Both sides successfully avoided controversial issues ensuring that the Prachanda visit was successful. Repairing the relationship has been a slow process but results are now visible, leading Mr. Modi to recall and revive the old acronym.
Mandya’s Hoysala legacy
In News: Tourism Department and the Mandya district administration can promote the lesser-known Hoysala monuments by installing signboard about them in places where tourist footfall is high.
- Mandya district is an excellent place for an immersive experience in history and archaeology. It has more monuments of national importance than Mysuru district. The temples in Mandya belong to the period of the Hoysalas.
- The Hoysala dynasty, founded by Sala, was a powerful Kannadiga kingdom that held sway over a significant portion of present-day Karnataka from the 10th to the 14th centuries. Initially, the capital of the Hoysalas was situated in Belur, but it was later relocated to Halebidu.
- During a period of conflict between the Western Chalukya Empire and the Kalachuris of Kalyani, the Hoysalas seized the opportunity and expanded their dominion over the fertile regions to the north of the Kaveri delta. By the 13th century, they held sway over most of Karnataka, including the entire northwestern territories of Tamil Nadu, as well as parts of western Andhra Pradesh and Telangana.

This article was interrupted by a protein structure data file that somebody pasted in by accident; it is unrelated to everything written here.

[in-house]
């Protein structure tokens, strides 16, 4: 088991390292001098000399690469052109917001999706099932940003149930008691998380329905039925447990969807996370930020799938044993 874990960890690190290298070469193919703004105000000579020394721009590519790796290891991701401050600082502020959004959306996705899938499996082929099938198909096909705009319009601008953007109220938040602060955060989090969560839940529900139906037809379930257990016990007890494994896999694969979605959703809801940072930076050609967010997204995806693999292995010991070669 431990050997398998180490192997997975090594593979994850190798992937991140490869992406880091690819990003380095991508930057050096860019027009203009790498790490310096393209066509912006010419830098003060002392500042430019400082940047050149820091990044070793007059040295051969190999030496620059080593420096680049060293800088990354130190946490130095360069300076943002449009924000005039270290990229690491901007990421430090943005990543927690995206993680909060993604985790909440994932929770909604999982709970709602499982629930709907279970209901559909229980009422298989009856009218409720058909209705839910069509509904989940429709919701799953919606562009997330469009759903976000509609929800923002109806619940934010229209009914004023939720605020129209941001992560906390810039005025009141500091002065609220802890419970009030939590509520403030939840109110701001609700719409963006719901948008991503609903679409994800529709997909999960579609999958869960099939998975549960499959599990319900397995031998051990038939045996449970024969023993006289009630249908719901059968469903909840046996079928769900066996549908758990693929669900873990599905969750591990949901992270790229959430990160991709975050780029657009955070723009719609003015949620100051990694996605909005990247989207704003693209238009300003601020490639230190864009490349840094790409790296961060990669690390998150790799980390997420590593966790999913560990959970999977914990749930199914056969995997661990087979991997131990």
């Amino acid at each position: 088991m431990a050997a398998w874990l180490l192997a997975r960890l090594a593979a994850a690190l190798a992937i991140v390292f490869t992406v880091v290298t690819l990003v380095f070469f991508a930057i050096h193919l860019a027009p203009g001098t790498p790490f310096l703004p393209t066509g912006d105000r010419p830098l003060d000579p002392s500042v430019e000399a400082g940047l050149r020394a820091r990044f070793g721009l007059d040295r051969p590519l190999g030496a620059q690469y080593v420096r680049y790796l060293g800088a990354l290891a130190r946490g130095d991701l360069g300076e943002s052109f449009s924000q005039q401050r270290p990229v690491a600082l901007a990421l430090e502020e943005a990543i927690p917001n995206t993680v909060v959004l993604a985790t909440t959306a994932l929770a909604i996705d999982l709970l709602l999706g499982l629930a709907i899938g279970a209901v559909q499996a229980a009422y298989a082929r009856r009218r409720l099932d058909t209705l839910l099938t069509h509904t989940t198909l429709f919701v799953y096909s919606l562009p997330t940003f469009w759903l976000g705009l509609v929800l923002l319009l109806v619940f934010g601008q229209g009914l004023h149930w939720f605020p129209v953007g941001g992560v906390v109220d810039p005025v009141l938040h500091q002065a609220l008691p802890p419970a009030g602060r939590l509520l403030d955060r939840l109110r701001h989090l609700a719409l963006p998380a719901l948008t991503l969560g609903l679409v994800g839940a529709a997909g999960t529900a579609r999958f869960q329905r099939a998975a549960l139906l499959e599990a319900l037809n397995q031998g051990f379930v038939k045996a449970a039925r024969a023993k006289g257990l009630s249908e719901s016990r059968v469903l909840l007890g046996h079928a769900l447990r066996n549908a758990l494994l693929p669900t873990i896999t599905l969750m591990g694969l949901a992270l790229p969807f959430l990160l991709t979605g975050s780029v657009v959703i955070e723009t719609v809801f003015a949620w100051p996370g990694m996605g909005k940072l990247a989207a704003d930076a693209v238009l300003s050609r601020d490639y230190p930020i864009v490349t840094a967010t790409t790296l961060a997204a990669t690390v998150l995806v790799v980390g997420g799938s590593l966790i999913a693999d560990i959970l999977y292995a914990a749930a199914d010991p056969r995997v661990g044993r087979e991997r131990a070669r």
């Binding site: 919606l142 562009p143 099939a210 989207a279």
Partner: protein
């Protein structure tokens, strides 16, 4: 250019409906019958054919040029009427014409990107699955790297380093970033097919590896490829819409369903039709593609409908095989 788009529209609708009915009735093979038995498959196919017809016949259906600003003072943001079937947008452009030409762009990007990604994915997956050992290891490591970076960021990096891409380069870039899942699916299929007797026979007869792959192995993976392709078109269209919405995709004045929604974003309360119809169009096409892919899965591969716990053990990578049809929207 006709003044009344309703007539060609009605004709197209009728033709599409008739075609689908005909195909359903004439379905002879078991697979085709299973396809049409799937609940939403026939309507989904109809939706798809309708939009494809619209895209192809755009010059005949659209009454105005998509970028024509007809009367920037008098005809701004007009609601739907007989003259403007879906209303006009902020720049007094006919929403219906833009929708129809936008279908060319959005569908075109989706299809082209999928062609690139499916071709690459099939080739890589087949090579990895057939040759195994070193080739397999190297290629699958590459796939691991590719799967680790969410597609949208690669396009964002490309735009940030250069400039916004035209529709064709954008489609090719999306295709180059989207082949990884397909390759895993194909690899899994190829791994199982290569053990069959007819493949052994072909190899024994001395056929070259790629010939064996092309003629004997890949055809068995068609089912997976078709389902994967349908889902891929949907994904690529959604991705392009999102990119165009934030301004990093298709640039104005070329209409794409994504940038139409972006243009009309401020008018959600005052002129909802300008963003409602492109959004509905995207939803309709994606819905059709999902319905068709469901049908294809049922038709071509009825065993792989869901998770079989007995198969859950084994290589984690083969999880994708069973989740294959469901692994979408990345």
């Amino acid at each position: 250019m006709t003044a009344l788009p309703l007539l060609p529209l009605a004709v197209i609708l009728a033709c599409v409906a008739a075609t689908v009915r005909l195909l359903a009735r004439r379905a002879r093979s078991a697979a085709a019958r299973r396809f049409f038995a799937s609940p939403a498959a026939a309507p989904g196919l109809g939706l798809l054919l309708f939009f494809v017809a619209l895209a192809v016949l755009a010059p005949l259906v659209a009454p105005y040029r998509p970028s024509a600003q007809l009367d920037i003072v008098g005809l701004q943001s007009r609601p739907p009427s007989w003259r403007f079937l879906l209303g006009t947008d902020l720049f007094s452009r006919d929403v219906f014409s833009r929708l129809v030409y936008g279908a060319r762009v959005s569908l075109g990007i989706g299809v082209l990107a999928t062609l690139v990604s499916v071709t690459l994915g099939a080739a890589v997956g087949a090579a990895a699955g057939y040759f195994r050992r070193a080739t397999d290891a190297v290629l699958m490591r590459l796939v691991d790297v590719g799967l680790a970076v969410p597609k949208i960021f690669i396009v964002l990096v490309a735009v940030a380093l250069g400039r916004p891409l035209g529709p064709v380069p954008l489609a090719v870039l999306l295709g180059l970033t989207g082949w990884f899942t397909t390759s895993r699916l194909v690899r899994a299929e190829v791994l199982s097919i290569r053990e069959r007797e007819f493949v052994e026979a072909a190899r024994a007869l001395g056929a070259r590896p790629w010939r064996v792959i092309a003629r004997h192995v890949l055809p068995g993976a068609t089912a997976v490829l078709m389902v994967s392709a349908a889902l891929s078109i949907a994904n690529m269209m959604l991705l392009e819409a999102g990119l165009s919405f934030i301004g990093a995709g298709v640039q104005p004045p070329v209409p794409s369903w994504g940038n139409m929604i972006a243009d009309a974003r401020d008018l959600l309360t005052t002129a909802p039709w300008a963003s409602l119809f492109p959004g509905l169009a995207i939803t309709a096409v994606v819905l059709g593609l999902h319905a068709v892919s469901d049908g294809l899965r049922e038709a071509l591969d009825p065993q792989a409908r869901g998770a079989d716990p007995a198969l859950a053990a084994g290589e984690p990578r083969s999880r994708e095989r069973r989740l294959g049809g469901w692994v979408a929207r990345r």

Importance of the Hoysala era:
Hoysala era was an important period in the development of South Indian art, architecture, and religion. The empire is remembered today primarily for Hoysala architecture – 100 surviving temples are scattered across Karnataka.
Most famous temples in Mandya include:
- Chennakeshava Temple
- Hoysaleswara Temple
- Lakshminarayana Temple
- Mahadeva Temple
- Amriteshwara Temple
- The Panchalingeshwara temple, located in Govindanahalli, K.R. Pet taluk of Mandya district, Karnataka, is an architecturally significant temple.
- The region has a rich history, being a part of Gangawadi under the Gangas of Talakad and later coming under the rule of the Cholas.